It is much better to be more specific than just leave a general comment. I will be sure to do this myself in the future.

    You inspire me by openly and honestly sharing your everyday thoughts and experiences with life and with disability. I have found it difficult to be open with people about my own disabilities and tend to avoid details about it. I want to share my story on my own blog but am not sure where to start since it has been such a long journey. Start at the beginning? Start with today?

    I also admire your writing style. It is as if I am reading a professional writer’s essays.

    One compliment that I have trouble with, giving, receiving, or reading. “I am proud of you.” Why do people say that to a stranger or casual acquaintance? To me, being proud of someone should require the giver to have had some vital role in bringing about the situation. How can you be proud of their accomplishment if you didn’t have anything do do with it? Maybe I have misunderstood the intent of those words?

    Liked by 1 person

    1. I always look forward to hearing from you. Thank you for reiterating my point that praise can often be difficult for the recipient. We can be too self critical. I wonder why?

      Your point that we should be more specific when giving a compliment is good advice.
      I am thrilled that you want to share your own story. Start anywhere. As you go along, the pieces will fit together. When you write, you will find your voice. Also, I often learn something about myself in the process. Each post takes me days or weeks to complete because they need to percolate. Thus, I makes discoveries along the way. Sometimes, the thrust of the post changes entirely.
      Thank you for compliment in my writing style. I try to keep it as if I were talking. Early on, I wrote more formally. Once I let go of the business writing rules, everything started to click.
      The “I am proud of you” comments probably gives you trouble because it is nonspecific. Your earlier point. Also, it could be your interpretation of the word.
      When people give compliments, I want to accept them as gifts. I have a terrible habit of rejecting compliments. I want to change in that area.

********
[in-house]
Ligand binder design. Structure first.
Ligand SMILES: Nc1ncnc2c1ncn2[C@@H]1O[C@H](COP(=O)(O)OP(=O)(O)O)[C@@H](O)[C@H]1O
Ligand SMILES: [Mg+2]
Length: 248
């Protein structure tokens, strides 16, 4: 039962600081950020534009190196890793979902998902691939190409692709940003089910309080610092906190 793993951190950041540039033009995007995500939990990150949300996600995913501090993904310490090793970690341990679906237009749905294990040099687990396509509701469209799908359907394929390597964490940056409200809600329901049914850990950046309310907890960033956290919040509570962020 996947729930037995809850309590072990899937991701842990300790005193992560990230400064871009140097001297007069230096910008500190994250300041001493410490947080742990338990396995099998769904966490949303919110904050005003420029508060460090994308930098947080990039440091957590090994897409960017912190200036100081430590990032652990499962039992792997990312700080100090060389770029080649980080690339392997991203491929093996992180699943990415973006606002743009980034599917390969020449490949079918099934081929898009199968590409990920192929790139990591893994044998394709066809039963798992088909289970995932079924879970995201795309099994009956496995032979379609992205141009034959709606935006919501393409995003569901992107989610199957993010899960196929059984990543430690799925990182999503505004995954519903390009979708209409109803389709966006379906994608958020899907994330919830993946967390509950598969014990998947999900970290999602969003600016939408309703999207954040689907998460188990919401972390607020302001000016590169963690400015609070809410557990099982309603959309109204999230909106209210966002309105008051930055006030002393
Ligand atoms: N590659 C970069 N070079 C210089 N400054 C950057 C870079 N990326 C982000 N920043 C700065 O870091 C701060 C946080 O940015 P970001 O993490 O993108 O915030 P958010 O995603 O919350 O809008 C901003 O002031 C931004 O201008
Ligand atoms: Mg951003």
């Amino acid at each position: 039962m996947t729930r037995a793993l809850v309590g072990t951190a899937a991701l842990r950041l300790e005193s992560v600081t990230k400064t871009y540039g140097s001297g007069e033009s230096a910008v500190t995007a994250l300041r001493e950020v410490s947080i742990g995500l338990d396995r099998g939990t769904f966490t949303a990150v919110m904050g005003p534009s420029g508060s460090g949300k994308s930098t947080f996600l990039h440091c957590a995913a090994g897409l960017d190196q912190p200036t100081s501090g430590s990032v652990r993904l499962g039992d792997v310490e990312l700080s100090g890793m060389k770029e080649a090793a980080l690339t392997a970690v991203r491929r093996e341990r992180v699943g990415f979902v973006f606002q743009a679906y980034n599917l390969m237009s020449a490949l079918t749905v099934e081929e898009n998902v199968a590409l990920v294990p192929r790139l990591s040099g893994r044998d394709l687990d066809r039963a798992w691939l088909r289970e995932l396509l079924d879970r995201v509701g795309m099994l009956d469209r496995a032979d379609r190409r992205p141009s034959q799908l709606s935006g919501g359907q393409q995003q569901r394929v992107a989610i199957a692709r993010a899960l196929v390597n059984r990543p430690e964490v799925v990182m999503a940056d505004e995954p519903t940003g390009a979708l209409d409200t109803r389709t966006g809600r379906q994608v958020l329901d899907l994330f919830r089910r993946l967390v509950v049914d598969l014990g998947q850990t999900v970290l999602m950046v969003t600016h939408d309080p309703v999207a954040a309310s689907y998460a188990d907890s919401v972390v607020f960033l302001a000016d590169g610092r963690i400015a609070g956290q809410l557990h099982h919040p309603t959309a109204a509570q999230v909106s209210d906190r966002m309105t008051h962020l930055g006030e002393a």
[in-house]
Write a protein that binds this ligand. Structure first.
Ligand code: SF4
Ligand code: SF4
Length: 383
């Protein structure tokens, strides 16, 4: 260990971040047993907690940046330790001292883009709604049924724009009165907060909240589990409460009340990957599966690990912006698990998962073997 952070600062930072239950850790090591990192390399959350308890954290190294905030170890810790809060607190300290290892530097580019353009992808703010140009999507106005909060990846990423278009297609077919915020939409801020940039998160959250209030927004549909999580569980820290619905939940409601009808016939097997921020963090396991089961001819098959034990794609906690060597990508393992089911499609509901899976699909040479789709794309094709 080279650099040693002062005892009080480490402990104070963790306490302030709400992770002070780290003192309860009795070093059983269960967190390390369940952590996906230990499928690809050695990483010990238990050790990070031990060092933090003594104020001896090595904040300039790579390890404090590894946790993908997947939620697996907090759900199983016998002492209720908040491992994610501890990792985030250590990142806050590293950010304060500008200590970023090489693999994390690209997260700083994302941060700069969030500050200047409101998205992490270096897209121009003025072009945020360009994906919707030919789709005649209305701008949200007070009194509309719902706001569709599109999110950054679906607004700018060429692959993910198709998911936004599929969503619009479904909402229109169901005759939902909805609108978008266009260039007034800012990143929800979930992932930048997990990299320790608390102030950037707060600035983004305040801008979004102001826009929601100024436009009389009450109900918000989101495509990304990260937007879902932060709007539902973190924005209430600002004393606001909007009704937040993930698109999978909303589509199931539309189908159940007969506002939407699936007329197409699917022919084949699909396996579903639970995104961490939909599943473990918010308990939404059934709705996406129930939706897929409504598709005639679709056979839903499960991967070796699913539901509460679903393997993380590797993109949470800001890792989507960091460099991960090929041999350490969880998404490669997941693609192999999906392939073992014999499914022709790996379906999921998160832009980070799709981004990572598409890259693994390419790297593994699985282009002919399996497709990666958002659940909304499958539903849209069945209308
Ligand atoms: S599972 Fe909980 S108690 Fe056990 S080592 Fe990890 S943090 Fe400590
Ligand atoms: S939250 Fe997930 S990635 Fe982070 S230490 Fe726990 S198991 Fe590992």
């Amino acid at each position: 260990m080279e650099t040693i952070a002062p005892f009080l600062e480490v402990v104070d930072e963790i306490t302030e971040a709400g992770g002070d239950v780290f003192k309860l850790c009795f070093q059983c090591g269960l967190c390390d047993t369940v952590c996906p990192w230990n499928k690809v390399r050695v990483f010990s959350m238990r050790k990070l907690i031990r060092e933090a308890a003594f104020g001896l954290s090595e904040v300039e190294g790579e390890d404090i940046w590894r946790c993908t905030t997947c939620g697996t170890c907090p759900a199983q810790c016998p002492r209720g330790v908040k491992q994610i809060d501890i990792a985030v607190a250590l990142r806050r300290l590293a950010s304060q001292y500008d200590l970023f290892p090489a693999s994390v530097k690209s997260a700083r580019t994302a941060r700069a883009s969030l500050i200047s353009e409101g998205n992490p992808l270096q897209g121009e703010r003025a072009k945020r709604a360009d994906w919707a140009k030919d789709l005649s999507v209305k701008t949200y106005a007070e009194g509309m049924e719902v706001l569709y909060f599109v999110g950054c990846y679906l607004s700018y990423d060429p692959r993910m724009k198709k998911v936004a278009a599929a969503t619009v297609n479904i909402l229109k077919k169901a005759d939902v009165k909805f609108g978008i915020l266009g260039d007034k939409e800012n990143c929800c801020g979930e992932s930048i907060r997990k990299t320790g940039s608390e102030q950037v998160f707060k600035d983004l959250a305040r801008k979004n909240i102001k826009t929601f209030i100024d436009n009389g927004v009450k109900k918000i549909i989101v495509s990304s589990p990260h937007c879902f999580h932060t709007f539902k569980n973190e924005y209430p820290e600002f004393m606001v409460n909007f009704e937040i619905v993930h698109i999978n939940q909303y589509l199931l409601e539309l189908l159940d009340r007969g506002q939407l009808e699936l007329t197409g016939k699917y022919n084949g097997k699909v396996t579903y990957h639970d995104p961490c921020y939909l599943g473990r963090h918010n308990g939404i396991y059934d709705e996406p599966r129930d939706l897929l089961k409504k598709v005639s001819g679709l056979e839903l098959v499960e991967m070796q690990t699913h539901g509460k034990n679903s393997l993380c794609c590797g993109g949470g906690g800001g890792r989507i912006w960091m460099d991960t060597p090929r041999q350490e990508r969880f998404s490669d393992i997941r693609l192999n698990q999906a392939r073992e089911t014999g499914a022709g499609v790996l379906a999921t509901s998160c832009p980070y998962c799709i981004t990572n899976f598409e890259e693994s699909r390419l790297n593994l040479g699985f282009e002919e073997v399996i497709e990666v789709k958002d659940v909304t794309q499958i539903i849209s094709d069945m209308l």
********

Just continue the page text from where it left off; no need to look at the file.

Maybe, people just like you. I know I do.


  4. This is a positive way of receiving the compliment that you inspire someone. I notice that this can make some people who are struggling angry, they don’t want to be someone’s ‘inspiration’. I personally think it is (most times) meant in a nice sense – they try to understand your difficulties and cannot imagine how you manage, and therefore, want to say something supportive…like you say. 🙂
    Love + hugs

    Liked by 1 person

  5. Because of responses I have received it has left me thinking about this idea as well. I believe inspiration is received when one writes from the heart and can convey an underlying sense of hope despite facing personal challenges. When you write you touch people at a level that they can relate, no pretense or posturing. The picture you paint looks authentic. We aren’t left wondering whether we’re looking at a well disguised forgery.

    Liked by 1 person

  6. Wow, that is a thought provoking statement and a well constructed blog post.

    It is extraordinary, the way that we interpret words. Your example of how what was intended to be an encouragement became a burden. Our life is littered with such things, how many little girls when praised by parents for being pretty end up believing that their only worth is to be beautiful.

    Your post demonstrates that the power lies within is, we can choose the meaning behind those words and decide on wether or not we accept them.

    Jung suggested ‘there is no truth, merely our interpretation of what is said’ it falls within us to make that choice for good.

    Which is where you ended up!

    Sadly, I am aware that I spend far to much time seeking out the slightest criticism in the smallest of interactions. Positivity takes a whole heap of self love and determination at times to learn. I’d like to think I am changing, but I fall off the wagon often.

    Liked by 1 person

    1. First, thank you for your kind words regarding my post. Second, your example of a parent’s compliment turning into a lifelong self-perception was excellent. I like the Jung quote. I have a similar take on reality. We do hold the power in our minds to interpret. Having a positive self image requires a positive outlook. It is hard work. Obviously, I am still working on it, too. I am trying to train myself to accept a compliment when given. Again, thank you for your thought provoking comment.

      Liked by 1 person

  7. Rose, you know you are my hero for many more ways than the way you live, which huge in itself, but because of who you are in Christ. He shines through you in your pain. I know your history, I know your present. You a the Light that shines on the path. It is He who shines through you. That is your inspiration and it is evident to all who admire your persistence, your attitude, your wisdom, dear friend. I love you.

    Liked by 2 people